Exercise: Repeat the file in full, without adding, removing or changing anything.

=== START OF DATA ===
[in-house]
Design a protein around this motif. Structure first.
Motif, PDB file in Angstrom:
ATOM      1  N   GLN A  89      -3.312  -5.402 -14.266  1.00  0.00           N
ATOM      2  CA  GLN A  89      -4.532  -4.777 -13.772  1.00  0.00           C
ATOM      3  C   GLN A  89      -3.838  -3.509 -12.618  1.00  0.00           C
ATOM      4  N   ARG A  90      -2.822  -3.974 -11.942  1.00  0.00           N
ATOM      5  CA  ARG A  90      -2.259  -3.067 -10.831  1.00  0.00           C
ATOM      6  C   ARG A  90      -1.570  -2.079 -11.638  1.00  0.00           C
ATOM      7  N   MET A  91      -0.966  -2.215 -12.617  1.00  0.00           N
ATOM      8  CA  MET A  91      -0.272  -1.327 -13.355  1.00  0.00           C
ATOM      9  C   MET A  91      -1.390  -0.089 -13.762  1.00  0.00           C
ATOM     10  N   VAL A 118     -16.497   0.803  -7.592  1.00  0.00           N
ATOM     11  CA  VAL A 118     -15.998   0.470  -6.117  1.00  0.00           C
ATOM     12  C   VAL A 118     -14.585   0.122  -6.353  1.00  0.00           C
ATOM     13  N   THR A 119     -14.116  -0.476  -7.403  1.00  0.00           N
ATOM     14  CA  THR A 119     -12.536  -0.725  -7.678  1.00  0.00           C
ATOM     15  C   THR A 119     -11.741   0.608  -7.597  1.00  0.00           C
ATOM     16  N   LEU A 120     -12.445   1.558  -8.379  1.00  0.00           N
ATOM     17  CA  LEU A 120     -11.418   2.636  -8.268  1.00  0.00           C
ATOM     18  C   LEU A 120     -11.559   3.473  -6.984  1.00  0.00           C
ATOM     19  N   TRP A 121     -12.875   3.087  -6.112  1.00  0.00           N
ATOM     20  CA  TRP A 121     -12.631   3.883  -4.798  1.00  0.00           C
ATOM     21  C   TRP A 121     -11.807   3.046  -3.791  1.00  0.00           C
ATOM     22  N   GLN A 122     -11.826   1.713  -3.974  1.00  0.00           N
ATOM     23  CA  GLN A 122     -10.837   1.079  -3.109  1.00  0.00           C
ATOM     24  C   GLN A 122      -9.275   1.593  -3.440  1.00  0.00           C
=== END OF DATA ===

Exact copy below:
[in-house]
Design a protein around this motif. Structure first.
Motif, PDB file in Angstrom:
ATOM      1  N   GLN A  89      -3.312  -5.402 -14.266  1.00  0.00           N
ATOM      2  CA  GLN A  89      -4.532  -4.777 -13.772  1.00  0.00           C
ATOM      3  C   GLN A  89      -3.838  -3.509 -12.618  1.00  0.00           C
ATOM      4  N   ARG A  90      -2.822  -3.974 -11.942  1.00  0.00           N
ATOM      5  CA  ARG A  90      -2.259  -3.067 -10.831  1.00  0.00           C
ATOM      6  C   ARG A  90      -1.570  -2.079 -11.638  1.00  0.00           C
ATOM      7  N   MET A  91      -0.966  -2.215 -12.617  1.00  0.00           N
ATOM      8  CA  MET A  91      -0.272  -1.327 -13.355  1.00  0.00           C
ATOM      9  C   MET A  91      -1.390  -0.089 -13.762  1.00  0.00           C
ATOM     10  N   VAL A 118     -16.497   0.803  -7.592  1.00  0.00           N
ATOM     11  CA  VAL A 118     -15.998   0.470  -6.117  1.00  0.00           C
ATOM     12  C   VAL A 118     -14.585   0.122  -6.353  1.00  0.00           C
ATOM     13  N   THR A 119     -14.116  -0.476  -7.403  1.00  0.00           N
ATOM     14  CA  THR A 119     -12.536  -0.725  -7.678  1.00  0.00           C
ATOM     15  C   THR A 119     -11.741   0.608  -7.597  1.00  0.00           C
ATOM     16  N   LEU A 120     -12.445   1.558  -8.379  1.00  0.00           N
ATOM     17  CA  LEU A 120     -11.418   2.636  -8.268  1.00  0.00           C
ATOM     18  C   LEU A 120     -11.559   3.473  -6.984  1.00  0.00           C
ATOM     19  N   TRP A 121     -12.875   3.087  -6.112  1.00  0.00           N
ATOM     20  CA  TRP A 121     -12.631   3.883  -4.798  1.00  0.00           C
ATOM     21  C   TRP A 121     -11.807   3.046  -3.791  1.00  0.00           C
ATOM     22  N   GLN A 122     -11.826   1.713  -3.974  1.00  0.00           N
ATOM     23  CA  GLN A 122     -10.837   1.079  -3.109  1.00  0.00           C
ATOM     24  C   GLN A 122      -9.275   1.593  -3.440  1.00  0.00           C